Those of us “Of a certain age” grew up with the family fantasies like Ozzie & Harriet, Father Knows Best, and Donna Reed - who vacuumed every day!How sick is that? – in pearls and heels. Now, that ain’t right.
The reality is that most of our parents fell somewhere between Rob & Laura Petrie, Edith & Archie Bunker, and that couple on Married With Children.
We’re not here to elevate Tony to sainthood. We ARE going to celebrate who he was, a child beloved of God. A recovering Catholic who finally knew that a forgiving God overrides man made dogma.
A song from ‘Phantom of the Opera’ includes this verse:
>>Too many years fighting back tears
Why can't the past just die?
Wishing you were somehow here again
Knowing we must say, "Goodbye"
Try to forgive, teach me to live
Give me the strength to try <<
Tony was not perfect. I’m sure his 3 ex-wives would attest to that.
His relationship with his kids had bumps.
Now maybe we can let it lie because the fact is, you 2 weren’t Buffy and Jody, either!
So maybe today the scorekeeping stops and healing begins.
Daughter, you made a very profound statement - thru it all, regardless of whatever, you said you never wanted anyone else’s dad. Wow. That says volumes.
Fortunately there was some balance of positive parenting.
Oddly enough, much centered around water! Imagine that from a former Marine!
Sailing and diving provided cherished times to both Son and Daughter.
Tony was also always up for an adventure, like getting in the car and driving til they found something interesting. Somehow, Daughter reports, they often ended up at vineyards. Hmmm.
Evidently Tony could turn a common shopping trip into a mini vacation and was often asked to go along by friends.
According to NCIS Special Agent Gibbs – say it with me – there’s no such thing as an EX marine. The training Tony got would affect his posture, his gait, and his stance, for life.
Looking back at family photos recently, Daughter confirms that.
>>Wishing I could hear your voice again
Knowing that I never would
Dreaming of you won't help me to do
All that you dreamed I could<<
Tony encouraged his kids to be all that they could be, at whatever they chose.
He was proud of them, and boasted to anyone that would listen. Daughter expressed concern for seat mates to Tony on long flights.
Tony had a Marine’s pride in his family, in America, in the Corps, and in his cars, in that order. That is, until Riley was born. Riley moved to the top of that list, and everybody else was pretty much chopped liver after that.
Riley was in serious trouble the evening he was born. He was whisked away to the NICU where doctors worked all night to save him.
All night, one Marine stood guard at the NICU window. Riley would not have to fight alone.
In the morning, Daughter and Husband came to check on Riley. There was one Marine IN the NICU, IN a rocking chair, holding a bundle of wires and tubes with a baby in the middle. One Marine making goo goo noises.
>>Wishing you were somehow here again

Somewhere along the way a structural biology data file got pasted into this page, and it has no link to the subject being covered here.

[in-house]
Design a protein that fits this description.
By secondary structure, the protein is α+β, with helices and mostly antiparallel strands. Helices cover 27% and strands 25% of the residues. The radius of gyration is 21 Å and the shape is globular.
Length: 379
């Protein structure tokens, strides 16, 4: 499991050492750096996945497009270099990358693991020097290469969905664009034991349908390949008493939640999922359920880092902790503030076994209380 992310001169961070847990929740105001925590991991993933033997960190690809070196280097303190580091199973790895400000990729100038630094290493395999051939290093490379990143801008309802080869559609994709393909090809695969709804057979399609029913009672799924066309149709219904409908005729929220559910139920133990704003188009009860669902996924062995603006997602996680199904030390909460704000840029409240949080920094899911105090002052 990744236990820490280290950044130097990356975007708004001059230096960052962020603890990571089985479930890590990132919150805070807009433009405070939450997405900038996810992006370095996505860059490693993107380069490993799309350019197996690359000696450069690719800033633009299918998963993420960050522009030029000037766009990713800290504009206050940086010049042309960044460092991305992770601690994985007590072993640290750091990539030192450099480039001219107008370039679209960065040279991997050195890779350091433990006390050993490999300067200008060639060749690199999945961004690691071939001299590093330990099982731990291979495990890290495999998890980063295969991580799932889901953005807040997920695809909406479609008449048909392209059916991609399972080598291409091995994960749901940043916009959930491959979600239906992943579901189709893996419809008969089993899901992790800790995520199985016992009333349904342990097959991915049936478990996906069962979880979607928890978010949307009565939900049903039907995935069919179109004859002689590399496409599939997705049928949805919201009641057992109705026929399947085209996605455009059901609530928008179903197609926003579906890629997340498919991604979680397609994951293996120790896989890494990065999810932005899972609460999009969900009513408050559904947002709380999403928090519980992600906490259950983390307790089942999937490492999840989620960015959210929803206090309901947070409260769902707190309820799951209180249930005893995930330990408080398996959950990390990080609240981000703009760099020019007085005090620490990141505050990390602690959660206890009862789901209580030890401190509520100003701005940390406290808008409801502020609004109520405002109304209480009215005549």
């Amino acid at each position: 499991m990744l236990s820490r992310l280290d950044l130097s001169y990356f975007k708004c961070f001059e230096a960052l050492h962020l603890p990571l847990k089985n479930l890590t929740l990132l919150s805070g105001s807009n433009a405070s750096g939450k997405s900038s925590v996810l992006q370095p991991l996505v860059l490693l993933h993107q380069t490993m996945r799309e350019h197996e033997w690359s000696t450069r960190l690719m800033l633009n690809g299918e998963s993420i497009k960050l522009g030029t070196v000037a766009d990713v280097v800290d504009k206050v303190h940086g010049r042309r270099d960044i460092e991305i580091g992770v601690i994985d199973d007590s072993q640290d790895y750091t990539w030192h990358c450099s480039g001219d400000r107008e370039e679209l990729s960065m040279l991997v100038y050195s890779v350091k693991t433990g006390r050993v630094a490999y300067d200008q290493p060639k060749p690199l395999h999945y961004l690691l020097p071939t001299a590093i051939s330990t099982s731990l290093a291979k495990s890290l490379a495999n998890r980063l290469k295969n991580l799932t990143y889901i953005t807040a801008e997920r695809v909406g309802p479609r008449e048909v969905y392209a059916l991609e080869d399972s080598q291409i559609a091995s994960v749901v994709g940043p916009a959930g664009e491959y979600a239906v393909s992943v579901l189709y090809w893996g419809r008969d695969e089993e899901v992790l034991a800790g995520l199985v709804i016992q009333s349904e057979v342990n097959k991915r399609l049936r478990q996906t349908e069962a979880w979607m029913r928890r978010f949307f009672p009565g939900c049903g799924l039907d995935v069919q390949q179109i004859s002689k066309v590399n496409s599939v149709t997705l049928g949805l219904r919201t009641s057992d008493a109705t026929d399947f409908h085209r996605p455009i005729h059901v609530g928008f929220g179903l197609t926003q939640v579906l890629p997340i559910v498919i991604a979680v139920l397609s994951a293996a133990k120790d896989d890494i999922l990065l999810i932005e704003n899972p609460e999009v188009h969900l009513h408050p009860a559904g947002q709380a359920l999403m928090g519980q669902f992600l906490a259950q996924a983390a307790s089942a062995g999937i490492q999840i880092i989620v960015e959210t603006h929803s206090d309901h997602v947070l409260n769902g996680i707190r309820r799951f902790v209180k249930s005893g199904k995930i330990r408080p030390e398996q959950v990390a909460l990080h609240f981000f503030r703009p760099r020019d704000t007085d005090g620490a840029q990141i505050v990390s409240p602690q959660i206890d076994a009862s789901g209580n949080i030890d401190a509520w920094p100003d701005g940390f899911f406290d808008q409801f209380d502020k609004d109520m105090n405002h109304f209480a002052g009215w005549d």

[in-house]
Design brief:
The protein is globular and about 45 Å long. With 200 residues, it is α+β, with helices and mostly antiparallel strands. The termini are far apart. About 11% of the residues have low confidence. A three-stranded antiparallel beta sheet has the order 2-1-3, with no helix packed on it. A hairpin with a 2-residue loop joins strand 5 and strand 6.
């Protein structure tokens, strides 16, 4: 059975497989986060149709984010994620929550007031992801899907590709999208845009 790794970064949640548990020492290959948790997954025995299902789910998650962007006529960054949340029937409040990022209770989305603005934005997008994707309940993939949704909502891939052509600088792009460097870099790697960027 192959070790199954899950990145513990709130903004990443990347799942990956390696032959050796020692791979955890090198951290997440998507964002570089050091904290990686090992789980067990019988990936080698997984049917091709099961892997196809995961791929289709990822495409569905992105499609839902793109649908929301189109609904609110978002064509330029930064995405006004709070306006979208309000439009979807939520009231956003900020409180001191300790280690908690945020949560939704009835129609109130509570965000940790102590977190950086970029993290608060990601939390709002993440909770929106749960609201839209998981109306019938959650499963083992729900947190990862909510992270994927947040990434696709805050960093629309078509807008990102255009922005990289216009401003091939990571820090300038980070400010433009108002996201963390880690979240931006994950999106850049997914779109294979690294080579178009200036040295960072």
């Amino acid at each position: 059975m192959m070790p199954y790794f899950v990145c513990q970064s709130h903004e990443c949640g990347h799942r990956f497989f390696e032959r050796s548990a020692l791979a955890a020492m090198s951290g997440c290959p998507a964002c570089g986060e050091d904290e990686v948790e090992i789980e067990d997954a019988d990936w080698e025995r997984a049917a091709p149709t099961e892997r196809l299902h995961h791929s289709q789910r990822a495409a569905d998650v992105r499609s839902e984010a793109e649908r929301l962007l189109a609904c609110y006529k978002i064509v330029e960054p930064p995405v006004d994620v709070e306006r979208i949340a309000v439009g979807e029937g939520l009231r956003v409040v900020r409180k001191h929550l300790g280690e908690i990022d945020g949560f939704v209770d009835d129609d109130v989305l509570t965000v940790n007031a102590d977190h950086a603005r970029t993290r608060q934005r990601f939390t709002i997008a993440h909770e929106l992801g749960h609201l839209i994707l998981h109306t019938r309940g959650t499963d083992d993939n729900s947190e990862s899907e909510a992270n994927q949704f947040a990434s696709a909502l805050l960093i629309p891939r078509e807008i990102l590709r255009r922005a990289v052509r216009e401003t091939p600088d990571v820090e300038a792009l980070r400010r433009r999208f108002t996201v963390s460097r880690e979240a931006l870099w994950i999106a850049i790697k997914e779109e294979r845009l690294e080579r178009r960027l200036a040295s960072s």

Wishing you were somehow near
Sometimes it seemed if I just dreamed
Somehow you would be here<<
That was the other side of Tony – the big, mushy teddy bear.
If things were slow at the store, he played hide and seek IN the clothes racks with his grandson. Taught him the necessities if life, like riding a bike without training wheels, playing Go Fish, and real (reel) fishing.
Tony usually had a good word for whoever he met.
He sat at the bedside of a dying friend with the friend’s daughter.
He was a renaissance man, with a store of diverse knowledge and skills.
Daughter called him one day and asked how paper was made. And Tony knew!
>>You were once my one companion
You were all that mattered
You were once a friend and father
Then my world was shattered<<
Tho 75 years can be considered a good run, we actually lost Tony a few years ago to Alzheimers. That awful disease makes the whole family victims.
Have any of you experienced this in your families?
If so, then you know the guilt and responsibility family members carry. Maybe over the next months you can tell Son and Daughter that no matter how heroic their efforts, nothing turns the tide of that disease. It will move at its own pace, oblivious to the amount of time anyone was there, regardless of meds, in spite of round the clock staffing. Tony is finally at peace. We can only pray for peace of mind for his family.
But Alzheimer’s couldn’t get the best of Tony til the very end.
He was a regular at this church. If Daughter and Husband were both involved in the service, Tony sat with one of his old buddies in the congregation. It didn’t matter that he couldn’t remember their names.
I’ve been here a couple years, and I can’t remember their names, either, so he fit right in!
He stood for every hymn, book open. It may have been open to a hymn he liked BETTER than the one we were singing, and he sang it enthusiastically!
One day as Husband was driving Tony home, Tony turned to him and asked
“Why have you not married?”
Actually, Tony I did marry. And I married your daughter.
“O good! I really think you are a super guy!”
In tribute, Tony, here’s the last verse of the Marine Hymn:
>>Here’s health to you and to our Corps Which we are proud to serve;
In many a strife we’ve fought for life And never lost our nerve.
If the Army and the Navy Ever gaze on Heaven’s scenes,
They will find the streets are guarded By United States Marines.<<